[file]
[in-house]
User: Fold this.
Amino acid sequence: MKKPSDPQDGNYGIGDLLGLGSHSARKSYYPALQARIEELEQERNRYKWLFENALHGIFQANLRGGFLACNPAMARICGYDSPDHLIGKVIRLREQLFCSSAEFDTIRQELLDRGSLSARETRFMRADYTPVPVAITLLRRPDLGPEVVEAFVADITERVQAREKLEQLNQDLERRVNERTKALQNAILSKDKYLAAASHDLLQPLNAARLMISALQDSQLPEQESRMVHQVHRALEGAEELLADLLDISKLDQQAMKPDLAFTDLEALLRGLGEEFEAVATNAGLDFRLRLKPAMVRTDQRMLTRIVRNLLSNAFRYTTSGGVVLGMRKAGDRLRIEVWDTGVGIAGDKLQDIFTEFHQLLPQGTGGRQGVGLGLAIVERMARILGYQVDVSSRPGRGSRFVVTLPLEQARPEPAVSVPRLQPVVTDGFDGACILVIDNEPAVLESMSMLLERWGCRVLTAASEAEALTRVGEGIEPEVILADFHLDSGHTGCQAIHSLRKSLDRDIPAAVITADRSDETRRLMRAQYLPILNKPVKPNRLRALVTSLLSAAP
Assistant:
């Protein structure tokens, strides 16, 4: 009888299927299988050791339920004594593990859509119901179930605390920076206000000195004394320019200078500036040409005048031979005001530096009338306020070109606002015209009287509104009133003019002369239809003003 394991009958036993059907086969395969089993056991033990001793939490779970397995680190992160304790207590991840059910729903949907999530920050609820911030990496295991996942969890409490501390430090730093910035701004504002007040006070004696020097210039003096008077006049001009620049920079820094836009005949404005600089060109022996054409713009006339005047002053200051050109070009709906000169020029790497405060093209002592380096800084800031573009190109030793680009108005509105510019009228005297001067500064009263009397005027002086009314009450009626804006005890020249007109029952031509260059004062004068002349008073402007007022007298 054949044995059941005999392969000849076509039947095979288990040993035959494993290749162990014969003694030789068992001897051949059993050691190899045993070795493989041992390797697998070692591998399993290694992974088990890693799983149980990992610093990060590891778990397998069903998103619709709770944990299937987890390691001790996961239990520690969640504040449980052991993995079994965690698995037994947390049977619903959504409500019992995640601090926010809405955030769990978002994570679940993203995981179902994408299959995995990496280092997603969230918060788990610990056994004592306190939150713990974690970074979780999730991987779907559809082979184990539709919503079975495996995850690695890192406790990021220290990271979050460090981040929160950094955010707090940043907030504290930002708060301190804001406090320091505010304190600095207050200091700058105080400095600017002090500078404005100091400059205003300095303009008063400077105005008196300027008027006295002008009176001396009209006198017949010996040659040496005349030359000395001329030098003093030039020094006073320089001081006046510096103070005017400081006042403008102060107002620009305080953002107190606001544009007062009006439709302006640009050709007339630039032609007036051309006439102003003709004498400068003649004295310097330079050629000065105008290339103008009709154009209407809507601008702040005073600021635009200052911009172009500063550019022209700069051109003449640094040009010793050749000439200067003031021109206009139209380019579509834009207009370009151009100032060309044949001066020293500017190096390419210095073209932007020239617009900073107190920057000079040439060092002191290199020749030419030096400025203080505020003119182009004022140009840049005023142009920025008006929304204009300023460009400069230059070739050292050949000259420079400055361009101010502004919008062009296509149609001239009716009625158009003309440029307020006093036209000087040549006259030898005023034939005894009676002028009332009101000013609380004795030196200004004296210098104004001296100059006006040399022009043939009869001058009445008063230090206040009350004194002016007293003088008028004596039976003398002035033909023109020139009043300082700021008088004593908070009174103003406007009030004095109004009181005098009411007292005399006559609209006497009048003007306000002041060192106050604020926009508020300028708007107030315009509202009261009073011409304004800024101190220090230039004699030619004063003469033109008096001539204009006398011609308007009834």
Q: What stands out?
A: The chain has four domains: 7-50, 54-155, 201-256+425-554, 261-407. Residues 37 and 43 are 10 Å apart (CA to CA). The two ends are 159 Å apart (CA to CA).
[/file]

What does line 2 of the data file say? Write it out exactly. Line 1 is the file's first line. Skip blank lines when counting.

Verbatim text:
User: Fold this.